We bring all this to your attention to point out that in your haste to take a selfie with what you thought was the world's largest living organism, you may, in fact, have driven right over it—perhaps while on this very road trip.
If that doesn't blow your mind, maybe our next stop will: Confusion Hill, U.S.A. No, this is not some sly euphemism for Congress. Rather, it is one of those tourist traps playing on claims of a gravity-defying locale where cars left in neutral mysteriously roll up a slope. The explanation usually comes down to a nearby (but inaccessible) buried magnetic meteorite or alien spaceship.
It's hard to describe this amusement park accurately, but its mission is probably best summarized by its founder, the late Douglas Eugene Campbell. In Doug's words, "If you leave Confusion Hill more confused than when you entered, then we have succeeded."
Confusion Hill's two main attractions are the Mountain Train Ride and the mind-bending Gravity House. Judging from the photos, we suspect that Gravity House's mystification stems mainly from its having been constructed off-level. Not that we would ever dream of undercutting Mr. Campbell's mission of furthering confusion. As for the train ride, we're not sure what makes it particularly baffling.
It seems you'll just have to experience it for yourself. And with the house's modest admission charge of only $5, it's hard to go too far wrong.
Once your head has cleared a bit and you're able to safely resume your drive south, you will find yourself entering Sonoma County, one of California's premiere wine-growing and vinting areas. The picturesque city of Santa Rosa is a perfect base from which to take a tour. This article lists some of the area's most beautiful vineyards—just in case you're only able to sample their delights with your camera, as opposed to your refined palate. After all, you still have some driving left to do.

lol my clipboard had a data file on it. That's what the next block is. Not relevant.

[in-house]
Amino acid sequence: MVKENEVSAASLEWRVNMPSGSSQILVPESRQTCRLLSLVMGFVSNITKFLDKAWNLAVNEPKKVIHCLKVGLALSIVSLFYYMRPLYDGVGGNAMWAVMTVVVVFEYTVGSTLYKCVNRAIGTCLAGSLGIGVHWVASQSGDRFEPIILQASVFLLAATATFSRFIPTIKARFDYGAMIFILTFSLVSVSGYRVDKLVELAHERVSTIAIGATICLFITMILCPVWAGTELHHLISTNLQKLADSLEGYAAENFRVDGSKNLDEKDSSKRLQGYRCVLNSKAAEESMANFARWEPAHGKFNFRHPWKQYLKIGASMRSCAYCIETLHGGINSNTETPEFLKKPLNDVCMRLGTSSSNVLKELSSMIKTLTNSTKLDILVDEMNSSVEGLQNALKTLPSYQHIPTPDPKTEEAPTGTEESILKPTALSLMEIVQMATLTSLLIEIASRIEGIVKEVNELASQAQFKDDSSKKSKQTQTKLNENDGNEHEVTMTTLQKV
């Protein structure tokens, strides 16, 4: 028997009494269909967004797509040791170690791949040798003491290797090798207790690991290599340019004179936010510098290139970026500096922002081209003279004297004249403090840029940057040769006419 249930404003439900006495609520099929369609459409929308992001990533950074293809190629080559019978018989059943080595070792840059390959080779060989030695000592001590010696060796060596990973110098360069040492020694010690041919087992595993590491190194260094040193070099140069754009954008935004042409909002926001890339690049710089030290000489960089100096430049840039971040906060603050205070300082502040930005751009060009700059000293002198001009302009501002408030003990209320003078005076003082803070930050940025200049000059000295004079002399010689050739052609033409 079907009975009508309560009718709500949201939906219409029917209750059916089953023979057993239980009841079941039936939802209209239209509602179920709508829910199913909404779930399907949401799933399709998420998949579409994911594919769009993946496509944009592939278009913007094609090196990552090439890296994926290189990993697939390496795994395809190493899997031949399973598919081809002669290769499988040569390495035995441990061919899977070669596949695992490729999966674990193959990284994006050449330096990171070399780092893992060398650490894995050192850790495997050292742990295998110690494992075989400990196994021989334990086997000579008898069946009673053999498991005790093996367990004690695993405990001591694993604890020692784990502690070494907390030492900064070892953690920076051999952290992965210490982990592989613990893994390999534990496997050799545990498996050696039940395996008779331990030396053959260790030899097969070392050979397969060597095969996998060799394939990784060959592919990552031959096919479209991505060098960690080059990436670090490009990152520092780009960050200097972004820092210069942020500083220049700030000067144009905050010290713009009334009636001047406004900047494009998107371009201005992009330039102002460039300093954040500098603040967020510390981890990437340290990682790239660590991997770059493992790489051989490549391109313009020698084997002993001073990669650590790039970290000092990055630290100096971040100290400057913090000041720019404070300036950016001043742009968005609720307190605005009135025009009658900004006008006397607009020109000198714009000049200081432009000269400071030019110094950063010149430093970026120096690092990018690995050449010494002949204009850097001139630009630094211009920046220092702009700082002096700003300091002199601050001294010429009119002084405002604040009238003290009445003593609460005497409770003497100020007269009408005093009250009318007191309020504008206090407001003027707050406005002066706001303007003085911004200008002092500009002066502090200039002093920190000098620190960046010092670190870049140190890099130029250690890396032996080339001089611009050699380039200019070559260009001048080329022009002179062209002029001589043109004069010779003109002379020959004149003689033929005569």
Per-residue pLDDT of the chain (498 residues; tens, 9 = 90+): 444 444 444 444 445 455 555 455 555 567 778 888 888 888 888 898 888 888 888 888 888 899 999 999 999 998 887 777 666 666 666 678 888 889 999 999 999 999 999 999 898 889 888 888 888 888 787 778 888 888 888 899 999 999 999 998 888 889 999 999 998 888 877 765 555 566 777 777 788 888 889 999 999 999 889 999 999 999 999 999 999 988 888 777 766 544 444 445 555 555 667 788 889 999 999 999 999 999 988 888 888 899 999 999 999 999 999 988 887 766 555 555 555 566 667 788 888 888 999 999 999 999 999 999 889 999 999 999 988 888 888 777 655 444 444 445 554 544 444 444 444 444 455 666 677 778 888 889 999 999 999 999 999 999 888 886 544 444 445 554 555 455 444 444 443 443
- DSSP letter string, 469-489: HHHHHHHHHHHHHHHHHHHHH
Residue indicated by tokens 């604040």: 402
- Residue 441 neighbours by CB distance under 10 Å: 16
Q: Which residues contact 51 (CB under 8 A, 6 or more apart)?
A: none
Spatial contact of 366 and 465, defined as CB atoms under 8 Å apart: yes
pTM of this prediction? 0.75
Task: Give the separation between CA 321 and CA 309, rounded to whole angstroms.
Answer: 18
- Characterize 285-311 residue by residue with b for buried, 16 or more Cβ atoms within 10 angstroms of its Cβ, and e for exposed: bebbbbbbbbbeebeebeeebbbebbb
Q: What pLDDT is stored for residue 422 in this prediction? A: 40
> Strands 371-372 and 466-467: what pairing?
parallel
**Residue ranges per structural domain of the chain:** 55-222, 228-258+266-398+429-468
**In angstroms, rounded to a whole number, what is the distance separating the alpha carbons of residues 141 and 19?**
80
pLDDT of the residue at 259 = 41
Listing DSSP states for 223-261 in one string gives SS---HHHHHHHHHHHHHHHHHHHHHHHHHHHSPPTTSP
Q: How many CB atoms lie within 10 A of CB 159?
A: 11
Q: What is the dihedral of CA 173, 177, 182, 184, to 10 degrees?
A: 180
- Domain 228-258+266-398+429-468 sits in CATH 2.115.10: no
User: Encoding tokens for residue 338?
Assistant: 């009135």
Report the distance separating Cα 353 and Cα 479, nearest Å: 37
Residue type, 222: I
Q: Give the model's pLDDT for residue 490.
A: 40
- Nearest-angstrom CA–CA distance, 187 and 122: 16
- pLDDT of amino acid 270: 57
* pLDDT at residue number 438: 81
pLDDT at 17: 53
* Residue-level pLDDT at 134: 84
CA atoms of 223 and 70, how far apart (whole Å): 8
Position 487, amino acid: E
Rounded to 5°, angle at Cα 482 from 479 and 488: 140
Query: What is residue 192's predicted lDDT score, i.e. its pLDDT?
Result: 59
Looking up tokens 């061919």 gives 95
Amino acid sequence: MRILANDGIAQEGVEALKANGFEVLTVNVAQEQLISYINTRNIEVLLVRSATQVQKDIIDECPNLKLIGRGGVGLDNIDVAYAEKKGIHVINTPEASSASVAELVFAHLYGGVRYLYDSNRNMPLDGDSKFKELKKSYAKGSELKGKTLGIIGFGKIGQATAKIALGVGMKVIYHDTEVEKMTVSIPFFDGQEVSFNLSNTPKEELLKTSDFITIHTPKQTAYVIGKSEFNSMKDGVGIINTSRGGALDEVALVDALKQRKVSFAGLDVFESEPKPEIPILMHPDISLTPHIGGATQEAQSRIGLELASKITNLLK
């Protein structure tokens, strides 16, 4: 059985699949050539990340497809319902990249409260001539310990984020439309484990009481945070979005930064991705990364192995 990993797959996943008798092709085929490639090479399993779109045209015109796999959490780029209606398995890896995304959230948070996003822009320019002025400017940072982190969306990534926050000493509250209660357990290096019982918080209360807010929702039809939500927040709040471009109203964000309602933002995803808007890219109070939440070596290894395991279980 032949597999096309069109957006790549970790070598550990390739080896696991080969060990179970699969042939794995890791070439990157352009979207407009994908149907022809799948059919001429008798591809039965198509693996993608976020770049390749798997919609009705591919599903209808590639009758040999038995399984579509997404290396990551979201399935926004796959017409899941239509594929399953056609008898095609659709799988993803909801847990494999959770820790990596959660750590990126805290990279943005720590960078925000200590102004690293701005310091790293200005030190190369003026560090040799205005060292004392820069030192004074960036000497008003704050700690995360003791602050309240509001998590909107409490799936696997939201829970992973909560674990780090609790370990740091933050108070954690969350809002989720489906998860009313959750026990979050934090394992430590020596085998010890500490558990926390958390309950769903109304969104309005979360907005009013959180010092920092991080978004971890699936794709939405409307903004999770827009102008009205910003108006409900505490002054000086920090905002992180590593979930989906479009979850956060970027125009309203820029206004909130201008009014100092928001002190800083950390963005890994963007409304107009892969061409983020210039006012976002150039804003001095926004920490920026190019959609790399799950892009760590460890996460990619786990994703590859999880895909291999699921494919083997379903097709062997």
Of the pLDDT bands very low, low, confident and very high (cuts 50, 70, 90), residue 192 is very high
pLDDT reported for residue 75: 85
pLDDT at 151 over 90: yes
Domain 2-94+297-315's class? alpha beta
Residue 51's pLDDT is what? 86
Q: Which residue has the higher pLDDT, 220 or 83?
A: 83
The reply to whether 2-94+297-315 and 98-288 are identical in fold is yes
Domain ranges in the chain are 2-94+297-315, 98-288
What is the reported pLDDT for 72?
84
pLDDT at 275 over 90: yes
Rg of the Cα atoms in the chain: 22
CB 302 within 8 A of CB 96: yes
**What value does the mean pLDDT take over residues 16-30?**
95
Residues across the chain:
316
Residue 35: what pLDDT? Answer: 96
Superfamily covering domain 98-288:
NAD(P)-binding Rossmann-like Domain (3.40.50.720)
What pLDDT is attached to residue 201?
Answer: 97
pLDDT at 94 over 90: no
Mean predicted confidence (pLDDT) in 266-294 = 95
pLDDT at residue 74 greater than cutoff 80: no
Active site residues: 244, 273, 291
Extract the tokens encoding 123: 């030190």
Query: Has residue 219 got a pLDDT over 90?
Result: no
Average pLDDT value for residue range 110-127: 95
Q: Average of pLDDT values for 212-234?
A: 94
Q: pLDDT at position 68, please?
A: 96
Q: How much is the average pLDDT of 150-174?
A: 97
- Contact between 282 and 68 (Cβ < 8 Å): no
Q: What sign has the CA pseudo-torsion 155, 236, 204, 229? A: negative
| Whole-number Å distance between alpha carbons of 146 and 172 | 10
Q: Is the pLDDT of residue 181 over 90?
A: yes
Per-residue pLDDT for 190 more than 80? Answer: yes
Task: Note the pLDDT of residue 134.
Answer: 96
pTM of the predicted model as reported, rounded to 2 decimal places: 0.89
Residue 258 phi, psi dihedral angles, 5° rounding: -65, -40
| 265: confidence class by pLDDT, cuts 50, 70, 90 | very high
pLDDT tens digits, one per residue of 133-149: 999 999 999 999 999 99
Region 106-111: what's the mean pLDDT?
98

And if you happen to be both a cinephile and a wine connoisseur, there's really only one choice: the Coppola Winery, which features not only great scenery and gourmet dining, but memorabilia from films directed by the Godfather of American directors, Francis Ford Coppola.
Sipping fine wines and high-end dining a little bit beyond your budget? Santa Rosa is also home to the far more affordable Charles M. Schulz Museum. Schulz was the creator of one of the most successful comic strips of all time, Peanuts, which rose to popularity when newspapers were still made of newspaper and people pored over them for hours each weekend. But even if you have never laid eyes on a panel of the strip, the T-shirts and coffee mugs branded with its characters and catchphrases were inescapable for about a decade. For those who want to relive those simpler merchandising times, we're just going to take a flier and assume that the museum includes a gift shop.